Krešimir Sajko: On Conciliation as an Alternative Way of Settling Private International Law Disputes – The Existing Situation and the Solutions De Lege Ferenda, pp. 7-18.
Nina Tepeš: Activities and Practice of the Conciliation Centre of the Croatian Chamber of Economy, pp. 19-26.
Mihajlo Dika: Legal Position of Institutional and Ad Hoc Arbitration in Croatian Law De Lege Lata and De Lege Ferenda, pp. 27-37.
Hrvoje Sikiri?, Zagreb Rules and the Arbitration Act in Practice of the Permanent Arbitration Court at the Croatian Chamber of Economy – Selected Issues, pp. 38-70.
Miljenko A. Giunio, Compétence de compétence – A Preliminary Decision or an Award?, pp. 71-89.
Eduard Kunštek, Authority of the ICSID Arbitration Court for Stay of Enforcement of an Award, pp. 60-101.
Aleksandra Magani?, Arbitrability in Non-Contentious Matters, pp. 102-133.
Boris Stani?, Arbitral Settlement of Disputes Arising Out of the Agreements on Association of the Attorneys-at-Law, pp. 133-150.
Gašo Kneževi?, New Serbian Law on Arbitration, pp. 151-161.
Arsen Janevski/Toni Deskoski, Law on International Arbitration in the Republic of Macedonia, pp. 162-177.

The papers by foreign authors will be published in the next edition of the Croatian Arbitration Yearbook.




Physical Presence of Defendant As a Ground For International Jurisdiction – Decision of the South African Supreme Court of Appeal

In a recent decision, Richman v Ben-Tovim 2007 2 SA 283 (SCA); [2007] 2 All SA 234 (SCA), the Supreme Court of Appeal of South Africa decided that the mere physical presence of the defendant in the foreign jurisdiction at the time process was served is a sufficient basis for international jurisdiction in the context of the recognition and enforcement of foreign judgements sounding in money. (The judgement under neutral citation [2006] SCA 148 (RSA) may be downloaded from www.supremecourtofappeal.gov.za. The decision of the court a quo was reported as Richman v Ben-Tovim 2006 2 SA 591 (C) (per Van Zyl J).)

There was some uncertainty in this regard as in Purser v Sales; Purser v Sales 2001 3 SA 445 (SCA) it was stated by the same court that South African private international law only accepted domicile or residence within the foreign jurisdiction and submission to the jurisdiction of the foreign court as grounds for international jurisdiction in this context. But in the Richman case, it was held: “There are compelling reasons why…, in this modern age, traditional grounds of international competence should be extended, within reason, to cater for itinerant international businessmen” (par 9; per Zulman JA). “[P]ublic policy would require the recognition by a South African court of a lawful judgment given by default by an English court where personal service in England had taken place” (par 12; per Zulman JA). Reading the Purser and Richman decisions together, it may be stated that the following grounds for international jurisdiction in respect of judgements sounding in money are recognised in South African private international law today: (1) domicile, residence or physical presence of the defendant within the foreign jurisdiction at the commencement of the proceedings; and (2) submission to the jurisdiction of the foreign court.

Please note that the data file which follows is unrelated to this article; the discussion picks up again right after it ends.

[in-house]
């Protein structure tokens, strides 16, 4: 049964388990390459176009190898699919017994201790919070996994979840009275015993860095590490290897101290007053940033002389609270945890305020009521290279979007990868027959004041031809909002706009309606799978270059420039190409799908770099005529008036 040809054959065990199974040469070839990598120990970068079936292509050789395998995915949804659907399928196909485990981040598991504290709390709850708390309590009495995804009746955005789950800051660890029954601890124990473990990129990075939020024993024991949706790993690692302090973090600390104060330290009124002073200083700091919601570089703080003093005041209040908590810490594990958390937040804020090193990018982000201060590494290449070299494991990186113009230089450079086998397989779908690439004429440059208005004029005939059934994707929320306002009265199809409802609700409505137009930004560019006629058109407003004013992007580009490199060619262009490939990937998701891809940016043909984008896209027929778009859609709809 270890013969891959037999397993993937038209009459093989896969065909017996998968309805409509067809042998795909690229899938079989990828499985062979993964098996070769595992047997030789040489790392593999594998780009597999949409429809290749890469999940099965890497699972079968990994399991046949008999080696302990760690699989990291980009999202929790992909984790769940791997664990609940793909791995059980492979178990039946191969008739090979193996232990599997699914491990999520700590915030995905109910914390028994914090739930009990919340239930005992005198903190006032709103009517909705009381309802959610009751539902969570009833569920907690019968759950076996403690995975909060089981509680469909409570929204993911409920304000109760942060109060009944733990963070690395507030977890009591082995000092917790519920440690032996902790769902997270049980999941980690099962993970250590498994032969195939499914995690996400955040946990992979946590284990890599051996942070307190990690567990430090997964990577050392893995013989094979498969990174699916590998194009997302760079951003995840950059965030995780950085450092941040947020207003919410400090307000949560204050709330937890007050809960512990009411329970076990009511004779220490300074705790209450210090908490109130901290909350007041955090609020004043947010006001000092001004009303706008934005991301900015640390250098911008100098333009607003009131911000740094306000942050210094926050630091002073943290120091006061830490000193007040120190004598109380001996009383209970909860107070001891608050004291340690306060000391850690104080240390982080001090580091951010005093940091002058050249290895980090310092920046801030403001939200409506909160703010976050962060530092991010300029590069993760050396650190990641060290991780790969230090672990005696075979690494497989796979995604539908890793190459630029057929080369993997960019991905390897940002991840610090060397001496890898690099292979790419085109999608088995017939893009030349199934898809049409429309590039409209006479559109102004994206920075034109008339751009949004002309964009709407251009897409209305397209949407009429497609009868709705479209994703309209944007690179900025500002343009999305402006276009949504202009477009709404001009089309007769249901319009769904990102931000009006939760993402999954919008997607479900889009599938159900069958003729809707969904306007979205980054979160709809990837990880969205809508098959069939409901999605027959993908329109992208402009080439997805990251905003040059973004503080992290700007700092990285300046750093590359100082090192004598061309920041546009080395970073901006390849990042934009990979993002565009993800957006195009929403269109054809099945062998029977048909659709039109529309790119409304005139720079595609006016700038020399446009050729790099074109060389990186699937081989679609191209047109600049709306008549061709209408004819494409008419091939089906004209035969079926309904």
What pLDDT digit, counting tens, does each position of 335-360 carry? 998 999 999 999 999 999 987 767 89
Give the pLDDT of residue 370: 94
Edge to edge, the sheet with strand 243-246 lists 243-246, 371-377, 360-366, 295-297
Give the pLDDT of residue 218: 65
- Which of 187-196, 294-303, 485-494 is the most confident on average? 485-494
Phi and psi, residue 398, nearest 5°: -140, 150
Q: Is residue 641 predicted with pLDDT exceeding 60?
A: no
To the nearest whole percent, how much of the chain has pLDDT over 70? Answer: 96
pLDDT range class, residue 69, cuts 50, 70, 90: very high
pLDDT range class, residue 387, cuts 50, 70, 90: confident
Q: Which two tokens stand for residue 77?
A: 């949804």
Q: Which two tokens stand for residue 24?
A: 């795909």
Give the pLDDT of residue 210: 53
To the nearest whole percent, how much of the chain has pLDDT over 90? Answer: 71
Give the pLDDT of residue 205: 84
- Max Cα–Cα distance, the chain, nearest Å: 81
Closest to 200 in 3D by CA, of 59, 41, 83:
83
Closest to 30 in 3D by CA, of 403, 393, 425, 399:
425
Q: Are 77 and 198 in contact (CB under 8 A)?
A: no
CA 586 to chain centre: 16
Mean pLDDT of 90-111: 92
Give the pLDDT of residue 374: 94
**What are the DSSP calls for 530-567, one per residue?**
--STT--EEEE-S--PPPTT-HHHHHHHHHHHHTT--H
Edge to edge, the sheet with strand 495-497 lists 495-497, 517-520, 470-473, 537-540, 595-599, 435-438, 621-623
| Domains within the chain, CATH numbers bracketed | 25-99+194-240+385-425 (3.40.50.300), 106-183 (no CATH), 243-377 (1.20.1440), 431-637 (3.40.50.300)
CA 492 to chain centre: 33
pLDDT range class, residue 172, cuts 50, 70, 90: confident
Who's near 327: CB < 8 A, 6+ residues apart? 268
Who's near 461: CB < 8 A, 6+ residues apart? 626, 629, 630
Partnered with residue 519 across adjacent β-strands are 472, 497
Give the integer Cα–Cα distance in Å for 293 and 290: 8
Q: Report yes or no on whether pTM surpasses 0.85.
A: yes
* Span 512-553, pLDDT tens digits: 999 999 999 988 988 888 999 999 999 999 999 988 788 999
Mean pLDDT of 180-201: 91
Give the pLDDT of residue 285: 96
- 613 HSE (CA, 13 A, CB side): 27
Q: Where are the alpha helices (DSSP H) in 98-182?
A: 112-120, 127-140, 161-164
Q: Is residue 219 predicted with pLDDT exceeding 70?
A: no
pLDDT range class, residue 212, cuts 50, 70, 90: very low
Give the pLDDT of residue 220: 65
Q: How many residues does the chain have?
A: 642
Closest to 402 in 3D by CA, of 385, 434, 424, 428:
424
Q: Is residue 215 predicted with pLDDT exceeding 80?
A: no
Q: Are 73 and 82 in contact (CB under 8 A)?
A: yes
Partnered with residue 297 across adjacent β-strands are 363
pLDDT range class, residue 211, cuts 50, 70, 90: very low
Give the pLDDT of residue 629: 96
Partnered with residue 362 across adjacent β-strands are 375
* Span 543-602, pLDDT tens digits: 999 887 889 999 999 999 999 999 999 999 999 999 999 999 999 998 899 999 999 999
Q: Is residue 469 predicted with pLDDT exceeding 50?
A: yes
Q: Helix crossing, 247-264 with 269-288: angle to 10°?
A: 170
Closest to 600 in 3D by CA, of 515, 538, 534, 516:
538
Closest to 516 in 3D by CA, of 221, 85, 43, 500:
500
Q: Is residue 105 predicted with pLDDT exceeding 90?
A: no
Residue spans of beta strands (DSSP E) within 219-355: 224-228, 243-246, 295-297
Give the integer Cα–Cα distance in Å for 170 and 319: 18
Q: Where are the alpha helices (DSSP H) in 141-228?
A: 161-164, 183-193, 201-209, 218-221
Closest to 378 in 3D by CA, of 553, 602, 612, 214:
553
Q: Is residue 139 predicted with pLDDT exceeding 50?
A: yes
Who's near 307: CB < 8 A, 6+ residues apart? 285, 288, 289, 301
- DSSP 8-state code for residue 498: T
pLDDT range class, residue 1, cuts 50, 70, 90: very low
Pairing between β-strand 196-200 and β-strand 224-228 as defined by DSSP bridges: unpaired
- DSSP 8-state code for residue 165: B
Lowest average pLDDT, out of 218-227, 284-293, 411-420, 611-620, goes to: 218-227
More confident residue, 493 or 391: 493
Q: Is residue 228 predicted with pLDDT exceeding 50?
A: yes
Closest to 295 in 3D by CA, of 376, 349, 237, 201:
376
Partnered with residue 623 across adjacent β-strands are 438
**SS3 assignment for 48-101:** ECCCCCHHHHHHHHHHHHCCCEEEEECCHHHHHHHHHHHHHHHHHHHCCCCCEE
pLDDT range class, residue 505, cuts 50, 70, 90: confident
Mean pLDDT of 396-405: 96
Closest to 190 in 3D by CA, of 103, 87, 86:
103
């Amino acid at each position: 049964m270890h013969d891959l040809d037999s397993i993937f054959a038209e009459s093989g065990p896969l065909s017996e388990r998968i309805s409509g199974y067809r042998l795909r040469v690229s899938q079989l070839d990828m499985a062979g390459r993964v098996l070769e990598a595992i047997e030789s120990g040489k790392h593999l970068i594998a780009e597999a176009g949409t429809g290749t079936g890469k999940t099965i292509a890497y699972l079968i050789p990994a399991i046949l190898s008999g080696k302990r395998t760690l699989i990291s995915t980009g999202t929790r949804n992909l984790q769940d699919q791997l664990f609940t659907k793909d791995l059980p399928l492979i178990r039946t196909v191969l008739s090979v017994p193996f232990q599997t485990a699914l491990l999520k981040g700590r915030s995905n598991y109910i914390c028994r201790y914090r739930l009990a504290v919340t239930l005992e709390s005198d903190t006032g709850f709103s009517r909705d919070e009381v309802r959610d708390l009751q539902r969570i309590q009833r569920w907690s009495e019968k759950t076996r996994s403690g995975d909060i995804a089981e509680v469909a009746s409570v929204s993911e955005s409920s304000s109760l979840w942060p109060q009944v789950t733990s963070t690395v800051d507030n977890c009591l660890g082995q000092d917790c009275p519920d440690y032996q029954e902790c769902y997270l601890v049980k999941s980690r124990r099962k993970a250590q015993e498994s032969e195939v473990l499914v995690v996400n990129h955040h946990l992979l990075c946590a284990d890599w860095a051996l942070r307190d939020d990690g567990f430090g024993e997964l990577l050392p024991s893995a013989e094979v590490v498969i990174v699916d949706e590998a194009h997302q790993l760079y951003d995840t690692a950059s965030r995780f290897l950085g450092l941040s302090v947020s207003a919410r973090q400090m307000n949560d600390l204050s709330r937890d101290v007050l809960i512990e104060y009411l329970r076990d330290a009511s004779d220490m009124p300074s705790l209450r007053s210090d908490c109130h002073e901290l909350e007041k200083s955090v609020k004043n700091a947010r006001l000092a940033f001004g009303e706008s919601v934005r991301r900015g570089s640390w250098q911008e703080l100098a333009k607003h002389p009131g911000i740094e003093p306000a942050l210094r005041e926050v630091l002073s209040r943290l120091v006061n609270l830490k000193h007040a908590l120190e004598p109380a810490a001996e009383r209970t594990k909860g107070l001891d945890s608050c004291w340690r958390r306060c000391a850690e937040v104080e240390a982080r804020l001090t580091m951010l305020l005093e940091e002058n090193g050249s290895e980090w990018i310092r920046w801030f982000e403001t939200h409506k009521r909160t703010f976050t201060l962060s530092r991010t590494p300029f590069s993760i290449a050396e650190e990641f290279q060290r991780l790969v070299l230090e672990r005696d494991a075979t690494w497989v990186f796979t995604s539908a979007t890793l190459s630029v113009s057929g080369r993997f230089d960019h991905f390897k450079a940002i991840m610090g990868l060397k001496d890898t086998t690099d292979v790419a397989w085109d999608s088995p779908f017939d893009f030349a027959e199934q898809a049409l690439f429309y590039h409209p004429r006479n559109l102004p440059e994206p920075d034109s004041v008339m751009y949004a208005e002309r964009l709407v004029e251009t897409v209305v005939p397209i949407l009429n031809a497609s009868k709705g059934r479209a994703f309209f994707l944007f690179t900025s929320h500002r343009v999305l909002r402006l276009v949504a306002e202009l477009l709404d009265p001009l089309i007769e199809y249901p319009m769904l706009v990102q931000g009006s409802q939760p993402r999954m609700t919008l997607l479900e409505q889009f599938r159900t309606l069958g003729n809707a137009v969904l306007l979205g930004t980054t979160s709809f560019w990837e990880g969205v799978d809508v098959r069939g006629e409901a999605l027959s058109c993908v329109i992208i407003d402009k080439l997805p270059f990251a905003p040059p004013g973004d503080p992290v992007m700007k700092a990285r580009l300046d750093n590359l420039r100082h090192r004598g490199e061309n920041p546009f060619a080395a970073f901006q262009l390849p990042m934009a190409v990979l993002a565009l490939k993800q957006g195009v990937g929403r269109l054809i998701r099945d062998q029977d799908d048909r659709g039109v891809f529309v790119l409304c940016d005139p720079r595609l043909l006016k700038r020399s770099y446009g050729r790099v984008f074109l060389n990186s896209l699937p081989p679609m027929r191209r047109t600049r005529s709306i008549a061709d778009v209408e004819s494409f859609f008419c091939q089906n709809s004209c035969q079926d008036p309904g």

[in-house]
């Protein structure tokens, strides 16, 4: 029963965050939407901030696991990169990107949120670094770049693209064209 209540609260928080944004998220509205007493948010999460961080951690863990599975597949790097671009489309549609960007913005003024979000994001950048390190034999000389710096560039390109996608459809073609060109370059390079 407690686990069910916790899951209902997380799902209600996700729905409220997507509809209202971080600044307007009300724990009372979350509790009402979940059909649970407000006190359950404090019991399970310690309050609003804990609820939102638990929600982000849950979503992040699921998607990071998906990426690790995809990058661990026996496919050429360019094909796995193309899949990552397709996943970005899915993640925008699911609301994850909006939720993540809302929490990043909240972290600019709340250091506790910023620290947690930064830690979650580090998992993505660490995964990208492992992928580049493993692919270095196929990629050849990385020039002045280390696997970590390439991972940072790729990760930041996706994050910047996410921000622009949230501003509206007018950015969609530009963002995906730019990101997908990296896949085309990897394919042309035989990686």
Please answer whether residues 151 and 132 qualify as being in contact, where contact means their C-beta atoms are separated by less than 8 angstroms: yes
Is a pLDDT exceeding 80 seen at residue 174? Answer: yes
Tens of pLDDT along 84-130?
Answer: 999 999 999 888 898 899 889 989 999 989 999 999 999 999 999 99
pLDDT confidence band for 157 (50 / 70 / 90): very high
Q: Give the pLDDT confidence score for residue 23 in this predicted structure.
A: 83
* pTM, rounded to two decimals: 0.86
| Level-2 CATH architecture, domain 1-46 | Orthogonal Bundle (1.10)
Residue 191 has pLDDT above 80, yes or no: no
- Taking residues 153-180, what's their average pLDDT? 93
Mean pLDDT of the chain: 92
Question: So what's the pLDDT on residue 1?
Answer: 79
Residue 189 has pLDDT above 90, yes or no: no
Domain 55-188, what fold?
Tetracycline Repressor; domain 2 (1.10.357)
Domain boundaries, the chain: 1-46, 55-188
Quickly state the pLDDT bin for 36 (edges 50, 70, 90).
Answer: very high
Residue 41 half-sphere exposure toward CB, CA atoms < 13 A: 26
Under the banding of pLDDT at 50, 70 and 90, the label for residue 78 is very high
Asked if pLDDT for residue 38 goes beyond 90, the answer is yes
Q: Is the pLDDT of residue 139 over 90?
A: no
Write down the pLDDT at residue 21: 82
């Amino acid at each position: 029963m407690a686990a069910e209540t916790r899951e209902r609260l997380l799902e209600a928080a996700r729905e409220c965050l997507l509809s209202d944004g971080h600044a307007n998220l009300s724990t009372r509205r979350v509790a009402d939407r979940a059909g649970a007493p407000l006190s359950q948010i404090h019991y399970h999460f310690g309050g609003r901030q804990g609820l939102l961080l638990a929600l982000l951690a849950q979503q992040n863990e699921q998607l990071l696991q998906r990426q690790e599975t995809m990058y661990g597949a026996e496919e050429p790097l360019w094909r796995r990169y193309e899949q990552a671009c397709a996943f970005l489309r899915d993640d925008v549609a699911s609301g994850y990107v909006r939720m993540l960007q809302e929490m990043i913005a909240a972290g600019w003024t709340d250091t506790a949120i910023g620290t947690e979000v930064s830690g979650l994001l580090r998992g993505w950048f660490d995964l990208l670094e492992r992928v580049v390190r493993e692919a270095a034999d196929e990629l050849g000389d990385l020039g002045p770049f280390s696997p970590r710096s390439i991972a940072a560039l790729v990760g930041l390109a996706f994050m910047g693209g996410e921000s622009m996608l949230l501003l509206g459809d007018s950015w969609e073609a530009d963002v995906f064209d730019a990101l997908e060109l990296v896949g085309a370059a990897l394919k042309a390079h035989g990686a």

The French Like It Delocalized: Lex Non Facit Arbitrum.

Arbitral awards remain delocalized under the French law of international arbitration. They can be recognised and enforced in France irrespective of the decision of the court of the seat of the arbitration to set them aside. F.A. Mann, and many in England are of the opinion that arbitration only exists if the seat of the arbitration allows it. Lex facit arbitrum. The French disagree and believe that arbitration is a private activity, which can be considered favorably or unfavorably, but certainly does not need to be empowered by any state ex ante. Thus, if the court of the seat nullifies the award, this does not mean that it cannot be recognised in another legal order. Would any court think of nullifying a road accident?

This delocalization doctrine builds on the Hilmarton precedent. On June 29, 2007, the French Supreme Court for Private Matters (Cour de cassation) confirmed in a case where the award had been set aside by the High Court in London. It held that the arbitral award did not belong to any state legal order, and that, as a consequence, it was an “international decision”, the effect of which was a matter for the courts where recognition or enforcement was sought. In other words, it was not an “English award” for the sole reason that it had been made by a tribunal seating in England. As usual, the Cour de cassation relied on article VII of the 1958 New York Convention on the Recognition and Enforcement of Foreign Arbitral Awards to justify the application of the French law of arbitration when it is more favorable than the NY Convention.